Legion: 1.06 Chapter 6

At the end of episode five, Syd closes her eyes as the exact moment when the Devil with the Yellow Eyes was about to thrust himself upon her. Once she opens her eyes again, she finds herself in a completely different setting, mid conversation in a therapy group session at the psychiatric ward which viewers may remember from episode one. We see Syd navigating the episode in these clinical surroundings, overcome with a strange feeling of partial amnesia, unable to pin-point why everything feels off to her.

We get a glimpse into the other patients; our mutant protagonists who have now been rendered powerless by high dosages of tranquilizers. David, Melanie, Ptonomy, Kerry, Cary etc. they all seem blissfully unaware; their mutant powers, in this reality are translated into psychotic inflictions. It’s as if the last five episodes never happen as there are hints that current happenings may be part of some bigger dream or a parallel universe; but they don’t give enough information to re-assure viewers that perhaps this setting is temporary.

As Syd walks down the sterile corridors of the ward, she randomly sees an-out-of-place carved wooden door, but is unable to peek inside at that moment. She is unable to locate the door, upon return to the spot, only for the door to reappear at the end of the episode, perhaps the unlocking would mean, the release from their current state of amnesia?

Audrey Plaza’s Lenny Busker, impersonates the role of the psychiatrist in this episode, and perhaps the biggest clue, that the current state perhaps masks something more sinister. Her therapy sessions are intrusive and manipulating as she provides misleading advice to her patients; convincing them further and further of their poor psychological state. Then we have a rather surreal moment, where Lenny breaks into a dance montage to Nina Simone’s Feeling Good, and to complete the scenes there are added James Bond-esque graphics.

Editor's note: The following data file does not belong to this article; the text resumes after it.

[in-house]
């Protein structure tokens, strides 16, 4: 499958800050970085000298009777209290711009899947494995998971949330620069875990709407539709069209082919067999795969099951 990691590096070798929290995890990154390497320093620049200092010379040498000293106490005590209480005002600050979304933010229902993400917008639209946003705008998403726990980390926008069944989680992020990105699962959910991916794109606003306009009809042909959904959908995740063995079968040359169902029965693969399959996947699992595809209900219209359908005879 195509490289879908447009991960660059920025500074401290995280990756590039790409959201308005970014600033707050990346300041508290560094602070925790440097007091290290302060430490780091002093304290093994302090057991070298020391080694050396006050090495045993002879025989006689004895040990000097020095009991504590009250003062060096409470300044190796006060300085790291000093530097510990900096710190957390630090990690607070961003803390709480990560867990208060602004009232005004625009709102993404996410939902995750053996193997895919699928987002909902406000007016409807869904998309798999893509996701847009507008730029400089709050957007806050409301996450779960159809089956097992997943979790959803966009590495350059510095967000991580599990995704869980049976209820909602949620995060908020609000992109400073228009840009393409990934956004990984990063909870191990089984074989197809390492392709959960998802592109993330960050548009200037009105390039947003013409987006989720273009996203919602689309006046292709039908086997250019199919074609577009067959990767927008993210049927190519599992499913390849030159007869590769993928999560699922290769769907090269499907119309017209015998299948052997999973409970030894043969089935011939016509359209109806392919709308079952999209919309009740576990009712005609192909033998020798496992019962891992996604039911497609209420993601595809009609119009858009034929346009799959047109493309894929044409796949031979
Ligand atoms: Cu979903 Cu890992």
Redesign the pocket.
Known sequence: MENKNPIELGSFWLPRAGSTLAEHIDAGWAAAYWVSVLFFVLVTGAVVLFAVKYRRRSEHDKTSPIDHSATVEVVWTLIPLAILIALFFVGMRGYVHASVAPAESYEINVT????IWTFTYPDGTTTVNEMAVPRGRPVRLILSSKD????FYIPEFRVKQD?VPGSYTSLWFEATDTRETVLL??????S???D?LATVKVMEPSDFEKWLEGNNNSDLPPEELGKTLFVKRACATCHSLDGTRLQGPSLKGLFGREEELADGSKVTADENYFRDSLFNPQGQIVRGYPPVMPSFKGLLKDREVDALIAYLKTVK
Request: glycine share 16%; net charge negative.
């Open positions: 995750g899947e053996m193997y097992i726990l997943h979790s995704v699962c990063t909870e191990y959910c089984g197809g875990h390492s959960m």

Episode Six, feels like another filler episode, but not in the sense that it distracts form the plot, but more sue to its slowness of pace. Audrey Plaza does a wonderful job as the erratic psycho-therapist Lenny Busker; the highlight of the episode. There is a cruel intention behind her actions, unbeknownst to the viewer as therapy sessions consist of giving one ludicrous advice after another, but in those moments, we see her unable to contain her craziness, seemingly unhinged; her patients too doped up to notice.

There are stunning sequences throughout the episode which appear dream-like, where we get flashes of memories or some supernatural occurrence, amazing visual effects as per usual, from our protagonists. These scenes however aim to confuse more than anything else, as they don’t follow the continued narrative from episode 5; it’s all jumbled up. Something that we have now been accustomed to with Legion.

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